We see a person driving recklessly and we get upset. But is the upsetness coming from the driver? No! It is only coming from the belief that the person should not be driving that way. And of course it would be nice if that would not be happening and if everybody will always drive perfectly and if the world were an ‘eternal sunshine’, but the reality is that this is not the case.
From the beginning of time people behave recklessly and without clear thinking.
Negative thoughts are never coming form outside but they are always an inner resistance to what is.
Nothing that happens is an isolated incident but everything is a result of a previous cause which came from the result of another cause appearing from the result of another cause in an infinite web of cause and effect going all the way to the very beginning of the world. As Carl Sagan said: ‘If you wish to make an apple pie from scratch, you must first invent the universe.’
Everything that happens, everything, either outside in the world or inside in our heads, is a product of an infinite movement of causes and effects going all the way back to the beginning of time.
The reason we get upset is because we are blind to this truth and instead, believe that what is happening simply should not happen. It is a simplistic, childish and ignorant way to see reality. Anything that happens, either outside in the world or inside our heads is what is supposed to happen, and when we see this clearly, negativity loses its power.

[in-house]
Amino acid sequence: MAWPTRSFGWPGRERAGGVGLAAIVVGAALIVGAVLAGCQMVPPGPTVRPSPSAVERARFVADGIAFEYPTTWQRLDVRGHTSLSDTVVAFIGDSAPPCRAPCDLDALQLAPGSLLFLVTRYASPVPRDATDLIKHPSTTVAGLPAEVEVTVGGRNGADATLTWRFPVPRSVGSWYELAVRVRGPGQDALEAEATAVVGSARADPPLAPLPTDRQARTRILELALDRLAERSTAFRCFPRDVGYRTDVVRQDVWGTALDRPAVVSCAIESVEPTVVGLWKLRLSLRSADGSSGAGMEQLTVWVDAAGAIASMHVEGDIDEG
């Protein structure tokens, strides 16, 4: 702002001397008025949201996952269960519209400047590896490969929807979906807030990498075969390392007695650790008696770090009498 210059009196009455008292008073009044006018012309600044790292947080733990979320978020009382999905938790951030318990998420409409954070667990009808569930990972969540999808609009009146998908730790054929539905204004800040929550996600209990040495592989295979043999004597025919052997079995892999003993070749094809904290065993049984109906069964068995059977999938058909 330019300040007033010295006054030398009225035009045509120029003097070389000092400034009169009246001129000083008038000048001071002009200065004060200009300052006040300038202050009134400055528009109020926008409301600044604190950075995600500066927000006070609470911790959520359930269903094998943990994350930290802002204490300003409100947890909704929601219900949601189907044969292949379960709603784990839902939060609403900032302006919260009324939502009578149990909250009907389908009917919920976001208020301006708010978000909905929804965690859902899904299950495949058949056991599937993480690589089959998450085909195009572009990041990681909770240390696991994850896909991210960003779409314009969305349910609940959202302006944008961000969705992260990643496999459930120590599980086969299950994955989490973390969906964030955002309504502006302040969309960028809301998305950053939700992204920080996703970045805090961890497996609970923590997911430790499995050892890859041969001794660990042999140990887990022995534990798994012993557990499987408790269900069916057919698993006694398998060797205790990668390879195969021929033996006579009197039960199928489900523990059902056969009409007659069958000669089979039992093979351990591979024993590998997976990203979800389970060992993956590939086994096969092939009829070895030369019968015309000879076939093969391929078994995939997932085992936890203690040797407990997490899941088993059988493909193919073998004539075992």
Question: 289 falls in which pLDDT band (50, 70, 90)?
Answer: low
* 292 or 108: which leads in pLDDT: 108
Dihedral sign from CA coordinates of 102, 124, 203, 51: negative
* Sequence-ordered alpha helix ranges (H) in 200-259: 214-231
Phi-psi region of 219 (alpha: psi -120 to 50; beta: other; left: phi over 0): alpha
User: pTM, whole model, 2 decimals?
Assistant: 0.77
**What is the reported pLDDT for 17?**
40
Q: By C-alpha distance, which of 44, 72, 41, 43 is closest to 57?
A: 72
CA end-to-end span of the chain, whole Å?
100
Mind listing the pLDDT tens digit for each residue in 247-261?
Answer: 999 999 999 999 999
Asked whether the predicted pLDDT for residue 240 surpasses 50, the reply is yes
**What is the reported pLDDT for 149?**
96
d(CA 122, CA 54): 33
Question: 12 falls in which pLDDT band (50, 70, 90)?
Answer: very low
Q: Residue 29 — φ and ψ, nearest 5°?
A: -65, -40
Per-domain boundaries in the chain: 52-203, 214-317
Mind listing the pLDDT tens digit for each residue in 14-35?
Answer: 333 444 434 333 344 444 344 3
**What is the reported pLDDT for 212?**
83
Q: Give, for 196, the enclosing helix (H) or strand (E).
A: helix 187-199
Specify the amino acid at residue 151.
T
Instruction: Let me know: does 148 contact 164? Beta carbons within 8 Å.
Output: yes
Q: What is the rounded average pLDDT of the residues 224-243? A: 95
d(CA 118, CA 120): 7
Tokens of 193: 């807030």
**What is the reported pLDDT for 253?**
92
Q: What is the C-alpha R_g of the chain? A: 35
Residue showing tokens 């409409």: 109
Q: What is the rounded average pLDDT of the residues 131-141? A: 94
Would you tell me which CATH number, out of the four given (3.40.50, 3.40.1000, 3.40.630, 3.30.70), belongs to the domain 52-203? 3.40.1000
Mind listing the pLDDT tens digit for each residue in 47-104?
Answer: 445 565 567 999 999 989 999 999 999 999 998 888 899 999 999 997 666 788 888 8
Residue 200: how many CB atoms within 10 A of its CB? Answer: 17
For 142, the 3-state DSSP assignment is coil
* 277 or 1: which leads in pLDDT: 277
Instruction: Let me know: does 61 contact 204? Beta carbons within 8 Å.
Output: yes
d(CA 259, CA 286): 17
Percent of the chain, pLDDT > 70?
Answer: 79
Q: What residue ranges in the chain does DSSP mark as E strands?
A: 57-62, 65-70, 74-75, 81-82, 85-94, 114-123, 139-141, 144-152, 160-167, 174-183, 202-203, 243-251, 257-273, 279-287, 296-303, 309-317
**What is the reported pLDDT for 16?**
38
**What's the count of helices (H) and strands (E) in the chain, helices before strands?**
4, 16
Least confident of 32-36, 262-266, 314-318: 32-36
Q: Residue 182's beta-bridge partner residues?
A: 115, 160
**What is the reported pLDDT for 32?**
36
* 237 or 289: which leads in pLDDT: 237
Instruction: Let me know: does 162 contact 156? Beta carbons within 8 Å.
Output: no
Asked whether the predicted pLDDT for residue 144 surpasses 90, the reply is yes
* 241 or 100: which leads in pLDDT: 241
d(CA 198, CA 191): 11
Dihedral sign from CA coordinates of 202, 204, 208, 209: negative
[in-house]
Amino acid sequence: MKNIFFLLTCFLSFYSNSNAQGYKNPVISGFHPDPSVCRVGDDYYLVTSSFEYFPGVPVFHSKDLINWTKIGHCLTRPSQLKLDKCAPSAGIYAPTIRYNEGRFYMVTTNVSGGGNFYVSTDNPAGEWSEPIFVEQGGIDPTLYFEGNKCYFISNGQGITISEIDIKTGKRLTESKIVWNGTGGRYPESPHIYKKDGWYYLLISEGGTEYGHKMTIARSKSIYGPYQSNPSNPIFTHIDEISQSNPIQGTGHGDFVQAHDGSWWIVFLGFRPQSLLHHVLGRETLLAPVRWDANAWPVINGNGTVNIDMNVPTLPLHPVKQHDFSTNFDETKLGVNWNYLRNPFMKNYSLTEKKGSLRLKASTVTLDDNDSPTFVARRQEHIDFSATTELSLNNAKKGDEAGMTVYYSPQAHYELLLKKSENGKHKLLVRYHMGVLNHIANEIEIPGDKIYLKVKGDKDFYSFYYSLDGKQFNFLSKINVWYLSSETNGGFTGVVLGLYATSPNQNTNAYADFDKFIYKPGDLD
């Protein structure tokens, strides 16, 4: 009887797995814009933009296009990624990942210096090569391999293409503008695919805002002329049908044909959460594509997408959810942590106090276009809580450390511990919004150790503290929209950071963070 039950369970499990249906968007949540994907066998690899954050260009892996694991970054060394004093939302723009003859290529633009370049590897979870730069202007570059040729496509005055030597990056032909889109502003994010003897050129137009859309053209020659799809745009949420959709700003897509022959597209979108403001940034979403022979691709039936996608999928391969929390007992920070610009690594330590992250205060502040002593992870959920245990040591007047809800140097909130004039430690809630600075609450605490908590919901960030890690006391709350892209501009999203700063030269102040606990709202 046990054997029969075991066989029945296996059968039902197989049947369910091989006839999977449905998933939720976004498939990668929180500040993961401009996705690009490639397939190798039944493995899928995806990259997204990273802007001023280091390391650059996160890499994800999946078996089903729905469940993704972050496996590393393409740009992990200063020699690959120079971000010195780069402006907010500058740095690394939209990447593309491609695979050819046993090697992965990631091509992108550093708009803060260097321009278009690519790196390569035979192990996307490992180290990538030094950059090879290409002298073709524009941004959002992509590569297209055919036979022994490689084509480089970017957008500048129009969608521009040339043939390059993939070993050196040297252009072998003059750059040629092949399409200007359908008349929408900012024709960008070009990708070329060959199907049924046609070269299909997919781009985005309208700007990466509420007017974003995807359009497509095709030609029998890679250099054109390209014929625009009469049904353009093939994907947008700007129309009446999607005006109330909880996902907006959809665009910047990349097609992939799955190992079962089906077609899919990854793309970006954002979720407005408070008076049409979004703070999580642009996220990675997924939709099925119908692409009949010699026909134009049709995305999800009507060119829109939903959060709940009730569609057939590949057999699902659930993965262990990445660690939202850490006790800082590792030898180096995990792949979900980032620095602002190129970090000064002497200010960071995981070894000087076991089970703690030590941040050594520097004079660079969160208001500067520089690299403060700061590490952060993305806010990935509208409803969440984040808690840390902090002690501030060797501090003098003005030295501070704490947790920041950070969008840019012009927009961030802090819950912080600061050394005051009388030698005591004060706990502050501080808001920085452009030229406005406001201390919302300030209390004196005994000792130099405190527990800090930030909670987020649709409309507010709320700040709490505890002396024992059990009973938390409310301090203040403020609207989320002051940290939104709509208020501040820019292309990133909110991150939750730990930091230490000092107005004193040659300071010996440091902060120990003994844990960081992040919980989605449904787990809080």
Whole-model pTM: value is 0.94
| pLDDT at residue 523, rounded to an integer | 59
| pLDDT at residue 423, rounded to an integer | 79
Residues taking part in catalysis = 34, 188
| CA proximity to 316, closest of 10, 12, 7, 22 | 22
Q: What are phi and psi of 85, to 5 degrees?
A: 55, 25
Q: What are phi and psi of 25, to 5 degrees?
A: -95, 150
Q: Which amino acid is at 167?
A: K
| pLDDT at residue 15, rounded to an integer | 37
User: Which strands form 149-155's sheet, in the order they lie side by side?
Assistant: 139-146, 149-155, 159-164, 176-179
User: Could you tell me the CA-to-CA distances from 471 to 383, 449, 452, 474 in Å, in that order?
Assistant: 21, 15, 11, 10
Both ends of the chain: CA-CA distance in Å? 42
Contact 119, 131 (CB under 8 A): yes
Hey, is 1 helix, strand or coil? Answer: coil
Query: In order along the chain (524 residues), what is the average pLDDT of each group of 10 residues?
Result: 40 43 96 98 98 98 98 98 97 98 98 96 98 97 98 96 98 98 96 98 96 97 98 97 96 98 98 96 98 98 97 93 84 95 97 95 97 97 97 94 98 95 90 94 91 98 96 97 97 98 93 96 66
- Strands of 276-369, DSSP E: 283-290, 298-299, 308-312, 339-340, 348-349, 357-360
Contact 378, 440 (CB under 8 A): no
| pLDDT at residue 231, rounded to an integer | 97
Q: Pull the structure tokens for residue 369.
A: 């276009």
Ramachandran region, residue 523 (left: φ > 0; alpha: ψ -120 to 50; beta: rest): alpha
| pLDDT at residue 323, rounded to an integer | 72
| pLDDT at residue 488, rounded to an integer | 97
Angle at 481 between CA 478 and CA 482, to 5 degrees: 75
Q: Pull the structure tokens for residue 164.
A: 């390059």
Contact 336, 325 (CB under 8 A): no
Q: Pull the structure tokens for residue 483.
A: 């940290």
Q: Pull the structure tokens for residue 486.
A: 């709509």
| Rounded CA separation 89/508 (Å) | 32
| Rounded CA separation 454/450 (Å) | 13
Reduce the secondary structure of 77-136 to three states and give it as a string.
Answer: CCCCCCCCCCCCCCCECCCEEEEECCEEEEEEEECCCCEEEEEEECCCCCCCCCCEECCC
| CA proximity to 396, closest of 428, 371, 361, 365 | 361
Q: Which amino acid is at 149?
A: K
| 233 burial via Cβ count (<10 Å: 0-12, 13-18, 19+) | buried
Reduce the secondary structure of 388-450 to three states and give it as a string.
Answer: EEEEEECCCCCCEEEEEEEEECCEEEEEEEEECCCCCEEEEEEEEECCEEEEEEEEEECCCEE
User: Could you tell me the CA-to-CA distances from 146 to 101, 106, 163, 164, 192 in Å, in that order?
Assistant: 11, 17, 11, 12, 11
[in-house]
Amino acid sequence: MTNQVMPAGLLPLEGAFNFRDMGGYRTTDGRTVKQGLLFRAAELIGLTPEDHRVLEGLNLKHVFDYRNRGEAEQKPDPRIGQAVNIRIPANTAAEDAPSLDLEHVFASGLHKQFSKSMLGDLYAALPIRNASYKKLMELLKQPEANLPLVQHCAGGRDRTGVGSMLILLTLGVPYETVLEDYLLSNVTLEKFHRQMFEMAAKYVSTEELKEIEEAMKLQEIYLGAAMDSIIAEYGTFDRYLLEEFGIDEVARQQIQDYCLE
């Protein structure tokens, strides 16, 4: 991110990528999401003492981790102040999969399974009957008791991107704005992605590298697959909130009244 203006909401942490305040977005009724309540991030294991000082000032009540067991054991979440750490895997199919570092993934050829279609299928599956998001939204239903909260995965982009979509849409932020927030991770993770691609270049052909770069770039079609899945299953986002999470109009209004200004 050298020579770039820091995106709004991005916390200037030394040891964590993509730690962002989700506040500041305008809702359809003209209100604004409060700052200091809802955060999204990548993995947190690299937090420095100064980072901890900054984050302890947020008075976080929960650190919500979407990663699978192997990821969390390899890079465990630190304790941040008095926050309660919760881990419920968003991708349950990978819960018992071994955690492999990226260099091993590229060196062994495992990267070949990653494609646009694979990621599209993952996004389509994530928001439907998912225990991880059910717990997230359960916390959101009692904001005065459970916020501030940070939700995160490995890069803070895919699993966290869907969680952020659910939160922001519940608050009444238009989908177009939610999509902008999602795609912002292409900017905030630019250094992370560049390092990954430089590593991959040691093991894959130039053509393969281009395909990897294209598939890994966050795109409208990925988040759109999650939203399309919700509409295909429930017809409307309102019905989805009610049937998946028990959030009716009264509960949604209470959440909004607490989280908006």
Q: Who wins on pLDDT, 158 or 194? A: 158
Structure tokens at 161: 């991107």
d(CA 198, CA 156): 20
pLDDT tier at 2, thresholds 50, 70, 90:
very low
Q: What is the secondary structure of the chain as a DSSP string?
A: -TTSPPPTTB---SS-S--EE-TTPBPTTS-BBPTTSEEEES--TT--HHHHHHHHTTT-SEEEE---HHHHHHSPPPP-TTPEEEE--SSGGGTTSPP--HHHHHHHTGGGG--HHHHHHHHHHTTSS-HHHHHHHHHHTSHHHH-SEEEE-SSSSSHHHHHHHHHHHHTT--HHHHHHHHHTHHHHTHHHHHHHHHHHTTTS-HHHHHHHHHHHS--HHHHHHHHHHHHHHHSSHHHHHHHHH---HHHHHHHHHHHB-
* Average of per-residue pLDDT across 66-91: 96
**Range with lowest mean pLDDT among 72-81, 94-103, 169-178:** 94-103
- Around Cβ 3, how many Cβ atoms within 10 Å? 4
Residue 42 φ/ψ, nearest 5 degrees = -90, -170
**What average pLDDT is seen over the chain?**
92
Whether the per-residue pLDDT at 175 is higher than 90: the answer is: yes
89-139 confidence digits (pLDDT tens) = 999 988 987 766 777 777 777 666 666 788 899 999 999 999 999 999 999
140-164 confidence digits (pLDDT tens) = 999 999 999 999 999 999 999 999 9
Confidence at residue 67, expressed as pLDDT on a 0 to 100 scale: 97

Of course this does not mean that if one understand this truth then one should accept crime, injustice or unfairness with arms cross. Not at all! If the possibility to do something arises, one should definitely act on it and produce a change.
What is different is that the act will not be coming form negativity, but from wisdom, acceptance and love.
>>> In your book – “About Presence” – you said that if we don’t know ourselves, life passes in vain. How do we get to know each other?
In my book, I speak about knowing ourselves from two different points of view.
The first one, what can be called the psychological discovery of who we are, is that we need to discover our own personal capacities and natural abilities, what makes us unique, what differentiate us from other people.
The difficulty with this is that in our modern society, very often comfort and appearance are overvalued, and so many people end up doing jobs or activities that may provide them with a comfortable and even luxurious life, but without heart and meaning, which means that sooner or later anger, bitterness and/or frustration will make their appearances.
Knowing oneself means that it is better to suffer a bit to be what we are rather than have fun with things and activities that takes us away from who we are.
Or as the saying goes: ‘It is better to live in a cardboard box and do your art than live in a nice apartment but spend your time doing what you dislike.’